Amazon  beauty  brands  bricks-and-mortar  customer_experience  cosmetics  digital_influencers  e-commerce  experimentation  experiential_marketing  high-end  in-store  incubators  innovation  LVMH  makeup  millennials  omnichannel  refurbished  renovations  Sephora  women 
12 weeks ago by jerryking
How a private equity boom fuelled the world’s biggest law firm
June 6, 2019 | Financial Times | James Fontanella-Khan and Sujeet Indap in New York and Barney Thompson in London.

Jeff Hammes took the helm at a Chicago-based law firm called Kirkland & Ellis in 2010, with the aim of turning it into a world-beater, few in the industry thought he stood a chance.......known as a good litigation firm in Chicago with a decent mid-market private equity practice, in the blockbuster dealmaking world, however, the firm was largely irrelevant. Nobody took them seriously on Wall Street.....Fuelled by explosive growth in private equity, aggressive poaching of talent and most of all, a business model that resembles a freewheeling investment bank, Kirkland has become the highest-grossing law firm in the world.....This rise reflects the shift in the financial world’s balance of power since the financial crisis. Investment banks, the dominant force before 2008, have been eclipsed by private equity firms, which now sit on hundreds of billions of dollars of investment funds.

Kirkland thrived by hitching itself to this dealmaking activity. The firm presents with a relentless — many say ruthless — focus on growth, a phenomenal work ethic and a desire to up-end what it sees as a lazy hierarchy. Key questions: can its winning streak can continue? Will its private equity clients continue to prosper? how will Kirkland cope if and when the private equity boom ends? And can a firm with such a hard-charging culture survive in the long run?....Robert Smith’s Vista Equity has grown to manage assets from $1bn to $46 in a decade while working with Kirkland.....To establish Kirkland as a major player, Mr Hammes turned his attention to recruitment. ....poaching proven M&A experts and targeting all areas of dealmaking.....To entice the best lawyers to join its ranks, Kirkland managed to exploit a structural rigidity in its more traditional white-shoe and magic circle rivals. A dwindling but still significant number of elite firms remunerate equity partners using a “lockstep” model......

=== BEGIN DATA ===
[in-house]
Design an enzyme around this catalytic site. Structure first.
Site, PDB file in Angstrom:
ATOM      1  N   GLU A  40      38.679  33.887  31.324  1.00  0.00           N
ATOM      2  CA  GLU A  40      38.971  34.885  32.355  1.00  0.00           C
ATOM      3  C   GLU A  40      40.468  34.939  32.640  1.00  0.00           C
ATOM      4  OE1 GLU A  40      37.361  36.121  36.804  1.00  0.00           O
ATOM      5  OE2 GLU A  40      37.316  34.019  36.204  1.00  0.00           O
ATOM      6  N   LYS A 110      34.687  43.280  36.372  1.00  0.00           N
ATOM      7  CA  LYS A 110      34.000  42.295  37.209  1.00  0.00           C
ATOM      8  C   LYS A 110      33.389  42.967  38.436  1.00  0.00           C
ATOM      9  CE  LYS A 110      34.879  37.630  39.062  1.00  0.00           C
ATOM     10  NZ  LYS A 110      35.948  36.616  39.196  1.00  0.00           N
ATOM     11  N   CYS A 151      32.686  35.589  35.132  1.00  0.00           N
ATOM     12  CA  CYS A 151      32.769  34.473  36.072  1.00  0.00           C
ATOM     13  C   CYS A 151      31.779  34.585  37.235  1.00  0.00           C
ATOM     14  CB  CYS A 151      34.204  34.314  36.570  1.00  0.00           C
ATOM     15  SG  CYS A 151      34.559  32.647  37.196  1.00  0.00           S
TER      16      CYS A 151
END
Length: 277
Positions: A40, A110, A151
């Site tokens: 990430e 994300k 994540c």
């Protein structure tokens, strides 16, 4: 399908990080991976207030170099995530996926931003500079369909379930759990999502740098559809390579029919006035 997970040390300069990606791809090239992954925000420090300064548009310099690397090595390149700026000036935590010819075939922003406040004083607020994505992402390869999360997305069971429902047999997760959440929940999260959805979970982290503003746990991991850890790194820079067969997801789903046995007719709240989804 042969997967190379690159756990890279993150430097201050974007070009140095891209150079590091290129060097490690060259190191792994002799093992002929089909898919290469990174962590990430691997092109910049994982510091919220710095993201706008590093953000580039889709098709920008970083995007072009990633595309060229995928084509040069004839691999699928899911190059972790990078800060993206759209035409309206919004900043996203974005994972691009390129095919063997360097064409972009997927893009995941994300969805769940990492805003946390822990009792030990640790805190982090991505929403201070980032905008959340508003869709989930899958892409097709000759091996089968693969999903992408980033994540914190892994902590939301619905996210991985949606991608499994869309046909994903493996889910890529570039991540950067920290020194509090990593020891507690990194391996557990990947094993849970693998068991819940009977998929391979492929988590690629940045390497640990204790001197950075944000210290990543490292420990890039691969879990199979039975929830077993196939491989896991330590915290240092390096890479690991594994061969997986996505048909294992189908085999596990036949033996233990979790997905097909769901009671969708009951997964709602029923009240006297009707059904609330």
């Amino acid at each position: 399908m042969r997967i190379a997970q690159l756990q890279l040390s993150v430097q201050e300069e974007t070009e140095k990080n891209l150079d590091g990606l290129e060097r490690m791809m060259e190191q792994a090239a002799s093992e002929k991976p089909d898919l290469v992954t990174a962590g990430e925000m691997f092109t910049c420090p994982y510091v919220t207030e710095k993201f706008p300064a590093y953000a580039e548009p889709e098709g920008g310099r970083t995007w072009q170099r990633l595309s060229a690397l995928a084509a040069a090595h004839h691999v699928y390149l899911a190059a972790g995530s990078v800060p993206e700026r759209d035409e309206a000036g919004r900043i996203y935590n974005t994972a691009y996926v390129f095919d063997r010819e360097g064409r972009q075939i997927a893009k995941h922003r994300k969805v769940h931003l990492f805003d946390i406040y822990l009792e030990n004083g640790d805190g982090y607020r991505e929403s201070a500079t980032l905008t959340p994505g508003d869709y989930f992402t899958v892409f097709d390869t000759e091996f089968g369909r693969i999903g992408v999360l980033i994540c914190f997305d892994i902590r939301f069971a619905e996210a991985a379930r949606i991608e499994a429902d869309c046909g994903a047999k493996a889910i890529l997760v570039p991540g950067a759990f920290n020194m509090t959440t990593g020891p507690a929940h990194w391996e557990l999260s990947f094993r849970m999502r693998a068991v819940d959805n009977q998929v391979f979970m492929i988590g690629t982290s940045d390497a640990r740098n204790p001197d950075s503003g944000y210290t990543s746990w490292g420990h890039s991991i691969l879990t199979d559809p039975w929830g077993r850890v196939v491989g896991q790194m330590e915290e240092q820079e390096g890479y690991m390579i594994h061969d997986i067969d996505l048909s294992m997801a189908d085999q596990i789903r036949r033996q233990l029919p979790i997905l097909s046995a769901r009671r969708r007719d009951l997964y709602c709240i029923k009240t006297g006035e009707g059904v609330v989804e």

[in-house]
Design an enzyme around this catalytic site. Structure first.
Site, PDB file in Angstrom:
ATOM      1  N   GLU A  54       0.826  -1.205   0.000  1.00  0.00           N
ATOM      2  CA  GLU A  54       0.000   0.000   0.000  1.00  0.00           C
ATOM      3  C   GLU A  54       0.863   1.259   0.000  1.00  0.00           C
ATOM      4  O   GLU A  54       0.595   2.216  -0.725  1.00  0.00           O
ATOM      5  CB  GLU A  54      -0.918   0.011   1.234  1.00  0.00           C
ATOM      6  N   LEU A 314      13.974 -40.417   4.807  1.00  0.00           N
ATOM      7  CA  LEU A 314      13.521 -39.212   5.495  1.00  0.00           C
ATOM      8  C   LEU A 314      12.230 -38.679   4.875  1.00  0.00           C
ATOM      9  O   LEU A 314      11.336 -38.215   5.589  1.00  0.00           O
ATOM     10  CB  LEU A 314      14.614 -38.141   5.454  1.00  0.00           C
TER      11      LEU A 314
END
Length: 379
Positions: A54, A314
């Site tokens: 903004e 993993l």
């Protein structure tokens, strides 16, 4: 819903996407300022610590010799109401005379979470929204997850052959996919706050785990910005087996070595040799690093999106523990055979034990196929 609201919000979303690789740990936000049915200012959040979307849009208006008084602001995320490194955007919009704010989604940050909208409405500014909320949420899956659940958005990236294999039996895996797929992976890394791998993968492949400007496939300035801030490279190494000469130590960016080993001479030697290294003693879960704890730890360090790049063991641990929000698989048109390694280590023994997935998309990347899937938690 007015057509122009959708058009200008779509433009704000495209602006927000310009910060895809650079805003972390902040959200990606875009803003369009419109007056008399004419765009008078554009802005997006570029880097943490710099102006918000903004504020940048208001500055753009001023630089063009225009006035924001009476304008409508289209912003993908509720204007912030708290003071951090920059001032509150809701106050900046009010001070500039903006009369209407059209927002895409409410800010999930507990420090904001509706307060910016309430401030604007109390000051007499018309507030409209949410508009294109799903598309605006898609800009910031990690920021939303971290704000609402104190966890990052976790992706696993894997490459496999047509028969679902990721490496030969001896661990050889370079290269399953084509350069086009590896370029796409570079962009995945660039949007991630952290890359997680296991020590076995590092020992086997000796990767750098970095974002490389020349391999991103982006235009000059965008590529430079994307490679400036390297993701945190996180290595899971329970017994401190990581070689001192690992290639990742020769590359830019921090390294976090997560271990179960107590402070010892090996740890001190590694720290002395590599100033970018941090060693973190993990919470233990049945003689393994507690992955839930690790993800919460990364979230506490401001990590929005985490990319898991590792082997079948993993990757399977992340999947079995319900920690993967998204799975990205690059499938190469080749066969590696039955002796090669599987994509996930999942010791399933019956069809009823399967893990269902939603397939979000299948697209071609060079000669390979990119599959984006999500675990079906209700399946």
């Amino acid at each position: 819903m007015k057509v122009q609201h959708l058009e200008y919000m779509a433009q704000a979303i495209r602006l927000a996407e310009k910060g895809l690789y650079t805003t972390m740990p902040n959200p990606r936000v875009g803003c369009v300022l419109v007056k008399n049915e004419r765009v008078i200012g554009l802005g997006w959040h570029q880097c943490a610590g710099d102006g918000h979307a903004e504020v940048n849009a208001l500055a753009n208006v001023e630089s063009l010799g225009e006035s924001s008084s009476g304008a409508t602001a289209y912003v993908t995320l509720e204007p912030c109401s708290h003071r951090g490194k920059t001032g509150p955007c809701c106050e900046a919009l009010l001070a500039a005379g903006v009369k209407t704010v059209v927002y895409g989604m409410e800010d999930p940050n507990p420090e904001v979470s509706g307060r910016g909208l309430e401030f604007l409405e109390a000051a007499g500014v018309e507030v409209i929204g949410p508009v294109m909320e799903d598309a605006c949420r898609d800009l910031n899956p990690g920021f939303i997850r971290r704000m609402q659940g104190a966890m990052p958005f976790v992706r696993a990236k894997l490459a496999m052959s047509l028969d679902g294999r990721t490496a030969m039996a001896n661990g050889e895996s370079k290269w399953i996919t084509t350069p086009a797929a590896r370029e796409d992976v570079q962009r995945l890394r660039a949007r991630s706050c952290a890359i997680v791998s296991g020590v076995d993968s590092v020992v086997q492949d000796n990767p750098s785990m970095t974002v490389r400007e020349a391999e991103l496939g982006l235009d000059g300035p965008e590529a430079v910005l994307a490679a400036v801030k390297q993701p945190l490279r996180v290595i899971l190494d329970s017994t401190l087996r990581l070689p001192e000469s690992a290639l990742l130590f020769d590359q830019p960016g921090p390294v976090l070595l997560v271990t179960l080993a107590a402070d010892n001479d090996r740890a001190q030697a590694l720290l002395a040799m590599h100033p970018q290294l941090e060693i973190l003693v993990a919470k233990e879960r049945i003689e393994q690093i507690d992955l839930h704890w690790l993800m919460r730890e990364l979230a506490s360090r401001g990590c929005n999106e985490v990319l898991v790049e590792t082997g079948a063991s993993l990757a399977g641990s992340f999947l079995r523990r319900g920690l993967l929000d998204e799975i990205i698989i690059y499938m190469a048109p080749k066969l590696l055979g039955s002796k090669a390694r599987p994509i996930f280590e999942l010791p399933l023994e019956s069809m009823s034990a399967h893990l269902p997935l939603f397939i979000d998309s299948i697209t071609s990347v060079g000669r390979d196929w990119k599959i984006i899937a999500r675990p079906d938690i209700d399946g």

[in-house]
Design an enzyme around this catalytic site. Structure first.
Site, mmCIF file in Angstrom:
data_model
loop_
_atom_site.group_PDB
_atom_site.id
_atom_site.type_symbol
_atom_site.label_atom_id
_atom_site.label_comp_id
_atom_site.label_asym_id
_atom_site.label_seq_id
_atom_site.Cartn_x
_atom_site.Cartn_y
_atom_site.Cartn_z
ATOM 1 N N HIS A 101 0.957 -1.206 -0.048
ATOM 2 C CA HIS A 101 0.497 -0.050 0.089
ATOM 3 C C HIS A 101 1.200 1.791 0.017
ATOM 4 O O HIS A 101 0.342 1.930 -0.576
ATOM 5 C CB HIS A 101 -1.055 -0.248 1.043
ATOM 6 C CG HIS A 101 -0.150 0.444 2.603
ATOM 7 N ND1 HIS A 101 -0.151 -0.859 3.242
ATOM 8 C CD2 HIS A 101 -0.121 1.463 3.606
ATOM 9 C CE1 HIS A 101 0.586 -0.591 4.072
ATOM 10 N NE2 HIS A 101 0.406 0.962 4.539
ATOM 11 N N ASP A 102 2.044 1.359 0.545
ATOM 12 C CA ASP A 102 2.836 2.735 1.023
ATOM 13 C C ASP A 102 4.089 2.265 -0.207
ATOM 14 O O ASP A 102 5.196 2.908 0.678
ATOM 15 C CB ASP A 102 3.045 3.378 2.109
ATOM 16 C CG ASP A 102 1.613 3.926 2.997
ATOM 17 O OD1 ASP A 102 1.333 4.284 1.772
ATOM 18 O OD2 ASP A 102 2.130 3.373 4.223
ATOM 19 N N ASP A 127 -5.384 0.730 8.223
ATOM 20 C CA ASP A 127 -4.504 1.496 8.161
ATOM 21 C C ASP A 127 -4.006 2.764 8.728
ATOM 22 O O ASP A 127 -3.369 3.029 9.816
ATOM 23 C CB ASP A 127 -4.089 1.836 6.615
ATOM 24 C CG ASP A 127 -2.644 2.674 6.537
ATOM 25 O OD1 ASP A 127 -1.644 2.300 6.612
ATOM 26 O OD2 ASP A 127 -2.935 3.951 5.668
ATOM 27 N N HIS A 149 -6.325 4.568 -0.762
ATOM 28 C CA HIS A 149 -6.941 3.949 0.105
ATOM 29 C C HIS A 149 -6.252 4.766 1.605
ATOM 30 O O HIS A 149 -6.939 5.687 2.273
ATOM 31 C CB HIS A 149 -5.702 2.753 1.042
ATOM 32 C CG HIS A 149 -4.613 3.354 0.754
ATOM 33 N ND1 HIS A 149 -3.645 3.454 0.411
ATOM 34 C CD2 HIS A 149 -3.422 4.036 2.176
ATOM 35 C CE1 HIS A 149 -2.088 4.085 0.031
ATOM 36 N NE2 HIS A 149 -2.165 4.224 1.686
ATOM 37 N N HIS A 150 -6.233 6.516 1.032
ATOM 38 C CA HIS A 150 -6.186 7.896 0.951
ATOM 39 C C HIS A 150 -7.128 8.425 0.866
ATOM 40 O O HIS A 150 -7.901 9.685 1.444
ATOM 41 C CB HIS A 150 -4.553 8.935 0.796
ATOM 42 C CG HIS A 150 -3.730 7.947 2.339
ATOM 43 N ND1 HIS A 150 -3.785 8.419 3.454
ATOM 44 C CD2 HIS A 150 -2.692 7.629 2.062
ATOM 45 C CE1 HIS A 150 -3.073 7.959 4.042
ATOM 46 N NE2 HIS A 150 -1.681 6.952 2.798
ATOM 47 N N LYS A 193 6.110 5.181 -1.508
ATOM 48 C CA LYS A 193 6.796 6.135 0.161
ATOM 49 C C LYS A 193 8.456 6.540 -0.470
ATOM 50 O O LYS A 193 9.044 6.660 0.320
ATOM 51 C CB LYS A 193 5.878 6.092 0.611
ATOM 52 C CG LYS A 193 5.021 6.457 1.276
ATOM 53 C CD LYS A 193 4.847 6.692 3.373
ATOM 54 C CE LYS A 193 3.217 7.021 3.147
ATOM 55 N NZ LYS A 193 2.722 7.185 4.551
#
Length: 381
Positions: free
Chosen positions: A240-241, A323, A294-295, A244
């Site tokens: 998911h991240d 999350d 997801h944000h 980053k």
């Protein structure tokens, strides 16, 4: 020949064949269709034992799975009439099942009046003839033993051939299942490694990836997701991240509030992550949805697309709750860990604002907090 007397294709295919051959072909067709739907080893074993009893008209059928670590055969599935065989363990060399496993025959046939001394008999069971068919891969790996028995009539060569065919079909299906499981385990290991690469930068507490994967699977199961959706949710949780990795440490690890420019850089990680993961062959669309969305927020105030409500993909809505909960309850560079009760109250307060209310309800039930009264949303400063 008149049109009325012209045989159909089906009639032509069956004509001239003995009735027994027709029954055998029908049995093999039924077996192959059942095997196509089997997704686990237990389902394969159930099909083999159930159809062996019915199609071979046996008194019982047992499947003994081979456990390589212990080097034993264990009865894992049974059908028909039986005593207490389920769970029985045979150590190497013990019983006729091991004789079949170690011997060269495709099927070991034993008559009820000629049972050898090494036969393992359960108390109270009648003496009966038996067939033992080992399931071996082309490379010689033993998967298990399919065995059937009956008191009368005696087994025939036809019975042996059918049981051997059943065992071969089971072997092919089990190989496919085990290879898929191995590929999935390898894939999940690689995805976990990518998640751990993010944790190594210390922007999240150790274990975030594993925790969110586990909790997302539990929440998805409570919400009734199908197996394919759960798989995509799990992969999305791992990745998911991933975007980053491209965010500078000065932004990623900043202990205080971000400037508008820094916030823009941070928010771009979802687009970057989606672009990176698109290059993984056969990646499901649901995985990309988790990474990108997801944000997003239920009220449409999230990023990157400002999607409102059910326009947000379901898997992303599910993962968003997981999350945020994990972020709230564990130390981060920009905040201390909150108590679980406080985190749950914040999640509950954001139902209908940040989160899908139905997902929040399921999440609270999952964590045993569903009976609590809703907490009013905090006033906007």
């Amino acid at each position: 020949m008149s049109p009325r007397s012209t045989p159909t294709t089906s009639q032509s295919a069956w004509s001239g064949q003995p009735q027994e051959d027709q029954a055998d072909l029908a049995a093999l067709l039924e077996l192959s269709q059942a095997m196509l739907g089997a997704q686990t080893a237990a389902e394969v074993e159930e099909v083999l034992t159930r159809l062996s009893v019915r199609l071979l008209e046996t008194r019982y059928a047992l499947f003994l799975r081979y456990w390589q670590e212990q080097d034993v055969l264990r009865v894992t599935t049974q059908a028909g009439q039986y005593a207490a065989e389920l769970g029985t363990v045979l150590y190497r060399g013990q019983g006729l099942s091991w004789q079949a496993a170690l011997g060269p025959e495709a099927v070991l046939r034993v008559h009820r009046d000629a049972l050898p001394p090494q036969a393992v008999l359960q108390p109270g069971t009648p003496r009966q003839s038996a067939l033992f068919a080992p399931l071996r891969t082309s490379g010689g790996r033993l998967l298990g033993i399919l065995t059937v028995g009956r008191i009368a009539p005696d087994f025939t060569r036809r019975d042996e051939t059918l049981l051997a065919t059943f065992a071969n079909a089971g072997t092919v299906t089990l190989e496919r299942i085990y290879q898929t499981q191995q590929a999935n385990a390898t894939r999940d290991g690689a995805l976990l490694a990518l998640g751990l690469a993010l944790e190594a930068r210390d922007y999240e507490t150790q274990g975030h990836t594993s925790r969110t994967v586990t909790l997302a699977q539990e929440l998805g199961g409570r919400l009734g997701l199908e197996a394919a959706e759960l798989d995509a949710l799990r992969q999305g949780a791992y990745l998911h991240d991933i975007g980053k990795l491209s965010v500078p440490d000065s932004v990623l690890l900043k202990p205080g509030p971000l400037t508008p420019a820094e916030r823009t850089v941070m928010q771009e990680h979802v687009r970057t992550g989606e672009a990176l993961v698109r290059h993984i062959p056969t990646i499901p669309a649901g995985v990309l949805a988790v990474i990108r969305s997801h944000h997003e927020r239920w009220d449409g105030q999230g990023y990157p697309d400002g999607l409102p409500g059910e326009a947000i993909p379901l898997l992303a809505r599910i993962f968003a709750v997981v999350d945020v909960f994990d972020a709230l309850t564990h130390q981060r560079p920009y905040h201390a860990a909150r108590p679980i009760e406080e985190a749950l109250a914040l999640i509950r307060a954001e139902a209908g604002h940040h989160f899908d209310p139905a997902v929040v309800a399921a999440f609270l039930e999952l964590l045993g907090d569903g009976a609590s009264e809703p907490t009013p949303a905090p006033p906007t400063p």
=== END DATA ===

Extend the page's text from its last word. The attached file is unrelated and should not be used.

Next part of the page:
Kirkland sought rising stars in their late thirties who were at the bottom of this ladder, stuck in the queue for the highest share of profits. Part of its pitch was money — “With compensation, we can go as high as we want,” says one partner — but the other part was an almost unprecedented level of autonomy.
Big_Law  booming  business_development  Chicago  compensation  concentration_risk  dealmakers  deal-making  eat_what_you_kill  financial_crises  growth  hard-charging  high-end  hiring  howto  hustle  Kirkland_Ellis  law  law_firms  litigation  mid-market  organizational_culture  poaching  private_equity  recruiting  Robert_Smith  superstars  talent  turnover  Vista  Wall_Street  winner-take-all  work_ethic  world-class 
june 2019 by jerryking
5 Ways to Value Your Collection, Whether It’s Fine Wine or Shrunken Heads
March 1, 2019 | The New York Times | By Paul Sullivan.

Collectible assets include wine, spirits, coins, trading cards as well as more unusual items, like lighters, belt buckles and even shrunken heads. These collections cost money and time to assemble and certainly have a value to their owners, but can they be considered legitimate investments? That depends on the market.

For many collectors, the only option to buy, sell or even value these assets is through online auction platforms like eBay or enthusiast sites, but for others, their possessions are treated as fine art.......the market for collectibles, which are often valued in the millions of dollars, may not always be so easy to weather. It can experience sudden surges that put desired items out of the reach of true collectors or it can collapse, wiping out the gains speculators thought they had made.